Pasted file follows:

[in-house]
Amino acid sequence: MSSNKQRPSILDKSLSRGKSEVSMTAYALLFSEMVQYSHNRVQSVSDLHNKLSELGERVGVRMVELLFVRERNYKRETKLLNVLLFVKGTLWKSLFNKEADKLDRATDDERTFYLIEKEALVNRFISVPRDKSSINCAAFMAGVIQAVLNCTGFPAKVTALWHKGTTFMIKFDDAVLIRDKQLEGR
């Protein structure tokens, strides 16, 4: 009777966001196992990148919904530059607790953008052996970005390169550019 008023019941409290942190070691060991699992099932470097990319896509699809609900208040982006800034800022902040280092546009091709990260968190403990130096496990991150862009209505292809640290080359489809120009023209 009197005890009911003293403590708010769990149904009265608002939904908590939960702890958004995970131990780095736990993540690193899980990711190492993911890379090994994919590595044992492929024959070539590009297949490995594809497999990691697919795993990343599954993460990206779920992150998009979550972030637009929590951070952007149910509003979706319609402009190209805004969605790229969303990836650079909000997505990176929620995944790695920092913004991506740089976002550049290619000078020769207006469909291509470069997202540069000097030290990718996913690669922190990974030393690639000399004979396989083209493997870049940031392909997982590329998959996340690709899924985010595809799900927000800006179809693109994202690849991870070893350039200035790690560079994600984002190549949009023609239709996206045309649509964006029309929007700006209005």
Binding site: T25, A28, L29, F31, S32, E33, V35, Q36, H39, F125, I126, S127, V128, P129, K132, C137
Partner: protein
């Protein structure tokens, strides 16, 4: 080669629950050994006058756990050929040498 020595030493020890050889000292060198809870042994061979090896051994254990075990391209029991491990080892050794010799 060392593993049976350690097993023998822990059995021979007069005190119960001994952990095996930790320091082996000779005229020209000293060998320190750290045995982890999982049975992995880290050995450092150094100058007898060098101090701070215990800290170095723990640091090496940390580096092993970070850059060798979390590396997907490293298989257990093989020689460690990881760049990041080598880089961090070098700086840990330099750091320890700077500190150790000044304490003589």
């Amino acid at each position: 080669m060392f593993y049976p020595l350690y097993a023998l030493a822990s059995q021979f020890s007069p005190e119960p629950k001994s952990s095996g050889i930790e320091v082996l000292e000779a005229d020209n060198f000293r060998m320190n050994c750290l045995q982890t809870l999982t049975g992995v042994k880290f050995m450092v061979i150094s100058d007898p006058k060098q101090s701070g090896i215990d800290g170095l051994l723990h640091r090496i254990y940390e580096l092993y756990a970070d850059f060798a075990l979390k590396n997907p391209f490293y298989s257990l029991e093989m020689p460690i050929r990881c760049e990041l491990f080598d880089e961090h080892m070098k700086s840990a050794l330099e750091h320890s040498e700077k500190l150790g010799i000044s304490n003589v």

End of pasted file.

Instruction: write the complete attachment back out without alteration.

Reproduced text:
[in-house]
Amino acid sequence: MSSNKQRPSILDKSLSRGKSEVSMTAYALLFSEMVQYSHNRVQSVSDLHNKLSELGERVGVRMVELLFVRERNYKRETKLLNVLLFVKGTLWKSLFNKEADKLDRATDDERTFYLIEKEALVNRFISVPRDKSSINCAAFMAGVIQAVLNCTGFPAKVTALWHKGTTFMIKFDDAVLIRDKQLEGR
């Protein structure tokens, strides 16, 4: 009777966001196992990148919904530059607790953008052996970005390169550019 008023019941409290942190070691060991699992099932470097990319896509699809609900208040982006800034800022902040280092546009091709990260968190403990130096496990991150862009209505292809640290080359489809120009023209 009197005890009911003293403590708010769990149904009265608002939904908590939960702890958004995970131990780095736990993540690193899980990711190492993911890379090994994919590595044992492929024959070539590009297949490995594809497999990691697919795993990343599954993460990206779920992150998009979550972030637009929590951070952007149910509003979706319609402009190209805004969605790229969303990836650079909000997505990176929620995944790695920092913004991506740089976002550049290619000078020769207006469909291509470069997202540069000097030290990718996913690669922190990974030393690639000399004979396989083209493997870049940031392909997982590329998959996340690709899924985010595809799900927000800006179809693109994202690849991870070893350039200035790690560079994600984002190549949009023609239709996206045309649509964006029309929007700006209005």
Binding site: T25, A28, L29, F31, S32, E33, V35, Q36, H39, F125, I126, S127, V128, P129, K132, C137
Partner: protein
């Protein structure tokens, strides 16, 4: 080669629950050994006058756990050929040498 020595030493020890050889000292060198809870042994061979090896051994254990075990391209029991491990080892050794010799 060392593993049976350690097993023998822990059995021979007069005190119960001994952990095996930790320091082996000779005229020209000293060998320190750290045995982890999982049975992995880290050995450092150094100058007898060098101090701070215990800290170095723990640091090496940390580096092993970070850059060798979390590396997907490293298989257990093989020689460690990881760049990041080598880089961090070098700086840990330099750091320890700077500190150790000044304490003589």
């Amino acid at each position: 080669m060392f593993y049976p020595l350690y097993a023998l030493a822990s059995q021979f020890s007069p005190e119960p629950k001994s952990s095996g050889i930790e320091v082996l000292e000779a005229d020209n060198f000293r060998m320190n050994c750290l045995q982890t809870l999982t049975g992995v042994k880290f050995m450092v061979i150094s100058d007898p006058k060098q101090s701070g090896i215990d800290g170095l051994l723990h640091r090496i254990y940390e580096l092993y756990a970070d850059f060798a075990l979390k590396n997907p391209f490293y298989s257990l029991e093989m020689p460690i050929r990881c760049e990041l491990f080598d880089e961090h080892m070098k700086s840990a050794l330099e750091h320890s040498e700077k500190l150790g010799i000044s304490n003589v």